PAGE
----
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a/c compressor install - UPDATE

Discussion in '1973-1991 K5 Blazer | Truck | Suburban' started by creampuff90k5, Aug 4, 2003.

  1. creampuff90k5

    creampuff90k5 1/2 ton status

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    My a/c compressor grenaded this weekend (was leaking before anyway) so now I need to replace. To save costs, I was gonna install a rebuilt compressor & new accumulator/drier and then drive the truck to a local shop to have the system professionally flushed and refilled.

    My question is: What do I need to do to the new compressor in terms of oil just to be able to drive it to the shop? Is there a fill plug or something where I should just add a few ounces before starting the engine? Thanks in advance for your help, all!!!

    P.S. Should I install a new orifice tube also? Where the heck is this part even located? In the box mounted to the firewall?

    --------------------------------------------------------

    I decided to update this post so that it can perhaps be of some use to those doing a search later on down the road... Plus I'm sure everyone is on the edge of their seats wanting to know that happened!

    Anyway, I bought a rebuilt compressor and new accumulator and installed them in my driveway in less than an hour for both, using new o-rings on everything. I then drove the truck to a shop about 50 yards from my house - Chatham Collision Repair. Although they primarily handle bodywork on very upscale cars like Porsche, Ferrari, Jaguar, etc... the owner agreed to flush & fill my A/C for a very reasonable cost as a HUGE favor. If you live in Northern NJ (Morris County) and ever need work done at an absolutely first class shop, I highly recommend Chatham Collision Repair (973) 635-9428.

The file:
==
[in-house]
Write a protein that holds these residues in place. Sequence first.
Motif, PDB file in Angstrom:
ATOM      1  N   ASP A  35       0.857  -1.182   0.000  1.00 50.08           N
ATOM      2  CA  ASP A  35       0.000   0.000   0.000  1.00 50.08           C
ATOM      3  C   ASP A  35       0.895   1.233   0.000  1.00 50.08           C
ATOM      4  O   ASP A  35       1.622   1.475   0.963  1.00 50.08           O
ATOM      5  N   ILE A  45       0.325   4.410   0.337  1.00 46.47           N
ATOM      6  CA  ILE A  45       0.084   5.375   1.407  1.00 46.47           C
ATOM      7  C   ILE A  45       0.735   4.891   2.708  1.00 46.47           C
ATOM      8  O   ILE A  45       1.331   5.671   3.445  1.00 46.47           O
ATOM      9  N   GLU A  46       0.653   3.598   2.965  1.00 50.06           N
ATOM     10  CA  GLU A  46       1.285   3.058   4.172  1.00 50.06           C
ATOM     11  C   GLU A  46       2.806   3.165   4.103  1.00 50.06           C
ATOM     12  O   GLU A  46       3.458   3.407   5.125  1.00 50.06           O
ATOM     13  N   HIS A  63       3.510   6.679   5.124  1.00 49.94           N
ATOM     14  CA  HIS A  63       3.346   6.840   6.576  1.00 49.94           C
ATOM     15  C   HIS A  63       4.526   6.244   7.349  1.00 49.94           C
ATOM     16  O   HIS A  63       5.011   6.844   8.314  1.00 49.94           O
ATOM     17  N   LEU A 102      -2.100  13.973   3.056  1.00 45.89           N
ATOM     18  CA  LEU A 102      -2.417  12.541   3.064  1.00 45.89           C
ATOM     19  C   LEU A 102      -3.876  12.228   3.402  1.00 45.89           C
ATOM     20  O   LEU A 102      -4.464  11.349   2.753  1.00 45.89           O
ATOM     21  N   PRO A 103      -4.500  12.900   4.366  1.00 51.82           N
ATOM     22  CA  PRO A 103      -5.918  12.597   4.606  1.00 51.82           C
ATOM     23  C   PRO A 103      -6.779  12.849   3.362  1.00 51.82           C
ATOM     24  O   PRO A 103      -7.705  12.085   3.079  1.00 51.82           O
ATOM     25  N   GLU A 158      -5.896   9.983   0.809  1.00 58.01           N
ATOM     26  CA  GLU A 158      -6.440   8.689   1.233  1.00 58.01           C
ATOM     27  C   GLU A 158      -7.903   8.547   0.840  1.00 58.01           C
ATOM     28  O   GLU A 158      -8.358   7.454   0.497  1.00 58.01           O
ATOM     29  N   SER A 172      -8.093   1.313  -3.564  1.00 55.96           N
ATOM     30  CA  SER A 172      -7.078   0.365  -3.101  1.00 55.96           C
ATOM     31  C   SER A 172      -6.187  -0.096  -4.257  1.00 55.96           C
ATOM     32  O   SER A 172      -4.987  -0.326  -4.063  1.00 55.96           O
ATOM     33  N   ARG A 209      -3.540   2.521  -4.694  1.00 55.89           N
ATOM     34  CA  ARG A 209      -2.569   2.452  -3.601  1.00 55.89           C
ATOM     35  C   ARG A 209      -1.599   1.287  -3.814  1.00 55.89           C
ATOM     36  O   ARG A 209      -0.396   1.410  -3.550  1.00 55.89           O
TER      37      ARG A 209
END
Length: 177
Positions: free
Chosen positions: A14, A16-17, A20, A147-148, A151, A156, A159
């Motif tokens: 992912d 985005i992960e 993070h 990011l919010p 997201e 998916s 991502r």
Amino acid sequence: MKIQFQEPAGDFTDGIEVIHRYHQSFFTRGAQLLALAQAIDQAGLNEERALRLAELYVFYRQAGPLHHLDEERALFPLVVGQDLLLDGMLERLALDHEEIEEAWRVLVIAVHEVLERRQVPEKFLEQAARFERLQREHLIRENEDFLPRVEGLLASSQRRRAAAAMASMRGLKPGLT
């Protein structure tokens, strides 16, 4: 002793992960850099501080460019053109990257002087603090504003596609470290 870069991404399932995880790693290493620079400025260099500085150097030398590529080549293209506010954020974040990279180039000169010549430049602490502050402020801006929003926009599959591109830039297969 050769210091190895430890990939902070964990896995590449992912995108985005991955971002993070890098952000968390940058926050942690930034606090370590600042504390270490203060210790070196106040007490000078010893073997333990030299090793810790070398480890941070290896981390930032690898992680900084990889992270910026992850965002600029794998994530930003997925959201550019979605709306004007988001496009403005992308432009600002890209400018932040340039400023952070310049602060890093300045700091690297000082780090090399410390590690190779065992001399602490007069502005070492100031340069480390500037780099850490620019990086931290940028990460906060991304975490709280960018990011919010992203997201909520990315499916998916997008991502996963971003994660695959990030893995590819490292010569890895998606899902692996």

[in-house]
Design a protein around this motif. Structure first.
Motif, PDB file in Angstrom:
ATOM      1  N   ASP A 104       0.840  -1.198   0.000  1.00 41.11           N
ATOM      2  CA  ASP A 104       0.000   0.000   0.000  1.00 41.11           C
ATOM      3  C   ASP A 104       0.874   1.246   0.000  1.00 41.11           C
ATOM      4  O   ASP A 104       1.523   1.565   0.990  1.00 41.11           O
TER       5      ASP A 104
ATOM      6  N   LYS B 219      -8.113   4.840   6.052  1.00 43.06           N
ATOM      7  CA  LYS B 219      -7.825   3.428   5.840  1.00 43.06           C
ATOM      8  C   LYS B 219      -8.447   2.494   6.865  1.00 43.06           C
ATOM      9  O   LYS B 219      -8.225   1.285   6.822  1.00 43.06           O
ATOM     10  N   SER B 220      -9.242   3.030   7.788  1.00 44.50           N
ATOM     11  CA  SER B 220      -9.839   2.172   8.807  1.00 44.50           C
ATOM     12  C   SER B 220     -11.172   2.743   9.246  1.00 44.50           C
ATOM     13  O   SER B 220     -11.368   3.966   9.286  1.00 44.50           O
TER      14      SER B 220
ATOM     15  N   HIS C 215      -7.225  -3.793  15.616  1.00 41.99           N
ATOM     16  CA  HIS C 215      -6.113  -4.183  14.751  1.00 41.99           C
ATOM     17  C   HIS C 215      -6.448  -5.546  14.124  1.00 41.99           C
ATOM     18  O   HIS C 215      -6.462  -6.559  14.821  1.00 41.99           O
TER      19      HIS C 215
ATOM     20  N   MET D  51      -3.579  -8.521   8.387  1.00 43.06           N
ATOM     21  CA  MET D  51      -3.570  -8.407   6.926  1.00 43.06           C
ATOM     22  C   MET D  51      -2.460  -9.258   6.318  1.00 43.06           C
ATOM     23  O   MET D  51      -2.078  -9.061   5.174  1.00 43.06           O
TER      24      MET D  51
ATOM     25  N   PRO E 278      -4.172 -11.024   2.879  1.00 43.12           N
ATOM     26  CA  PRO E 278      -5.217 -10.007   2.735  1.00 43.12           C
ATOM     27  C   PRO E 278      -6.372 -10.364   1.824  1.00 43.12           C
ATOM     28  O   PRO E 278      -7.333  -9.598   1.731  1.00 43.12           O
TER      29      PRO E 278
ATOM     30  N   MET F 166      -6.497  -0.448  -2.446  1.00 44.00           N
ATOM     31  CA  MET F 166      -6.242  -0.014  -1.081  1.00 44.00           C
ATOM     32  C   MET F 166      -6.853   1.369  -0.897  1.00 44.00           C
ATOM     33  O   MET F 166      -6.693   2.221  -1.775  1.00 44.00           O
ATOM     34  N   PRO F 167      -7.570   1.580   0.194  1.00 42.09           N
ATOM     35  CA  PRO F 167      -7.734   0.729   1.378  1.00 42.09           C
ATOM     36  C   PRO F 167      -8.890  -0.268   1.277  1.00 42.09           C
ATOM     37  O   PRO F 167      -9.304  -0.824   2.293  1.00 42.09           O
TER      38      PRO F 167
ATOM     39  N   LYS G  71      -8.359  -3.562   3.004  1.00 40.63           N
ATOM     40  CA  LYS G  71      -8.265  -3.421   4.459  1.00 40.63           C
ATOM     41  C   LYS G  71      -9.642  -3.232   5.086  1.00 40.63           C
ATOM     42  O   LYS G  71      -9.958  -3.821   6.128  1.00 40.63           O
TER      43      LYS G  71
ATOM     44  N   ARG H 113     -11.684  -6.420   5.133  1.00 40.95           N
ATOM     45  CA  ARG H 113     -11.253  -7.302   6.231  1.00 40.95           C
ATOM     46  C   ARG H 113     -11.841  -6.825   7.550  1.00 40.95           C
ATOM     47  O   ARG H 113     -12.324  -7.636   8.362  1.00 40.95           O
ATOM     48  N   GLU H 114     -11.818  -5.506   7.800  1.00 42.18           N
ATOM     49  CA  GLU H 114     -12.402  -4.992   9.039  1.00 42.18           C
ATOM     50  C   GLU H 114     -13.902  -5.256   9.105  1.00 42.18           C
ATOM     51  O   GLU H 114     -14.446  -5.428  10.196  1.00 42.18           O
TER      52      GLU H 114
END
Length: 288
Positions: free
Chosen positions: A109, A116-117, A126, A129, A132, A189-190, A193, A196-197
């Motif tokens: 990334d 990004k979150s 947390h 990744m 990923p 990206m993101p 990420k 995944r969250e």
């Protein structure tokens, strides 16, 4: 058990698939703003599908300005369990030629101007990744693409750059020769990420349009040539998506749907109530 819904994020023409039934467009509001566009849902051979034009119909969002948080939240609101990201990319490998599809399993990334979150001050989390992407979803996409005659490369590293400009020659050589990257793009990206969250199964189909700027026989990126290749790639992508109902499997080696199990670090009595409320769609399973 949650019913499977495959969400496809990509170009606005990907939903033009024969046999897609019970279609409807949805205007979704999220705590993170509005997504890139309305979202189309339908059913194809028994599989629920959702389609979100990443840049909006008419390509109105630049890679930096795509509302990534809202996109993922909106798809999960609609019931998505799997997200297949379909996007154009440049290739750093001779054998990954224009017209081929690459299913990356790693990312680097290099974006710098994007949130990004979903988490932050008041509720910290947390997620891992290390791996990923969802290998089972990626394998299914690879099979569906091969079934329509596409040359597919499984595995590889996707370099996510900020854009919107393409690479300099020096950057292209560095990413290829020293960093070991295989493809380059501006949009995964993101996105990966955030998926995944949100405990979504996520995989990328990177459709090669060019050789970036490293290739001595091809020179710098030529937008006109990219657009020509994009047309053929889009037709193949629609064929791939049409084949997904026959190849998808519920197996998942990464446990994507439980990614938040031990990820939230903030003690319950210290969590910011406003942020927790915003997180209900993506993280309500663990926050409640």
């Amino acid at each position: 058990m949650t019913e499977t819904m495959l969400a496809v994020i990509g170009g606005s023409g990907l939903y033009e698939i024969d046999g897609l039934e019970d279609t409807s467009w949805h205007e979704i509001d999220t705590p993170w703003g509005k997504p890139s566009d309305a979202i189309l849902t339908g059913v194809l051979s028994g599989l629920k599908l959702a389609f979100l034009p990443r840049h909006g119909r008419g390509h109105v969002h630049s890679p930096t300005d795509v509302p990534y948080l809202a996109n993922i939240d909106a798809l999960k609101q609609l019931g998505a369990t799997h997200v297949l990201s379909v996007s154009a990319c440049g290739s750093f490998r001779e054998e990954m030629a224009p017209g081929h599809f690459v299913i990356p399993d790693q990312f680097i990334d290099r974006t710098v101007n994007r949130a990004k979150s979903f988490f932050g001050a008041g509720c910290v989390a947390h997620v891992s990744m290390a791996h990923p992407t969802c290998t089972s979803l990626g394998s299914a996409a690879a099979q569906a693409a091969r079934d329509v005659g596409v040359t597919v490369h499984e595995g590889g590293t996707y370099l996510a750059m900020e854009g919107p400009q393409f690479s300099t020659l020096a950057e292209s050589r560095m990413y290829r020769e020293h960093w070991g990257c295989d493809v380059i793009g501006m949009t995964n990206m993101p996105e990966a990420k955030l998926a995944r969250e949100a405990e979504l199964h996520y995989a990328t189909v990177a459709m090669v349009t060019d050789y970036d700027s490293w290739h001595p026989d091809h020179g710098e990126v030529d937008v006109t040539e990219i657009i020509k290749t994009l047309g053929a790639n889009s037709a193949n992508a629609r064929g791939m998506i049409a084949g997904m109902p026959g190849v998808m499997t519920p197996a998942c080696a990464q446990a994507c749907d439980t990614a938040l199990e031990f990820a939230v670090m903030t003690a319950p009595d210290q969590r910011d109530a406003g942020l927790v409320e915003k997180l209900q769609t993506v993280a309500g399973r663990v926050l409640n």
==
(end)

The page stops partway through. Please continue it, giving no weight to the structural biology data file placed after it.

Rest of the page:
Okay, so not necessarily in order, they vacuumed the system for a good 2-3 hours, checked for leaks with dye (there were none), flushed everything out & installed a new orifice valve which I provided, then filled 'er up with 134a & oil, leak tested again with an electronic device (again, none) and I drove away one happy and cool (literally!) customer.

    Total cost including all parts, labor, everything, was $257.00 Would have been $10 less but I was too lazy to return the compressor core. Have put a few hundred miles on since and everything is still a-okay. Taking a 1,300 mile trip w/trailer shortly though, which'll be the real test.
     
  2. Thunder

    Thunder 3/4 ton status

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    Re: a/c compressor install

    You dont need to put in any oil as long as you dont enguage the compressor. Just leave the clutch un plugged and drive it to the shop. The pully will just free wheel on its own bearing.
    Dont worry about the orfice tube. The AC shop should replace with one designed for 134a it when they do the flush and fill.
    Beings you have it all apart it would be a good idea to replace all the O rings in the system with the ones that are 134a frendly.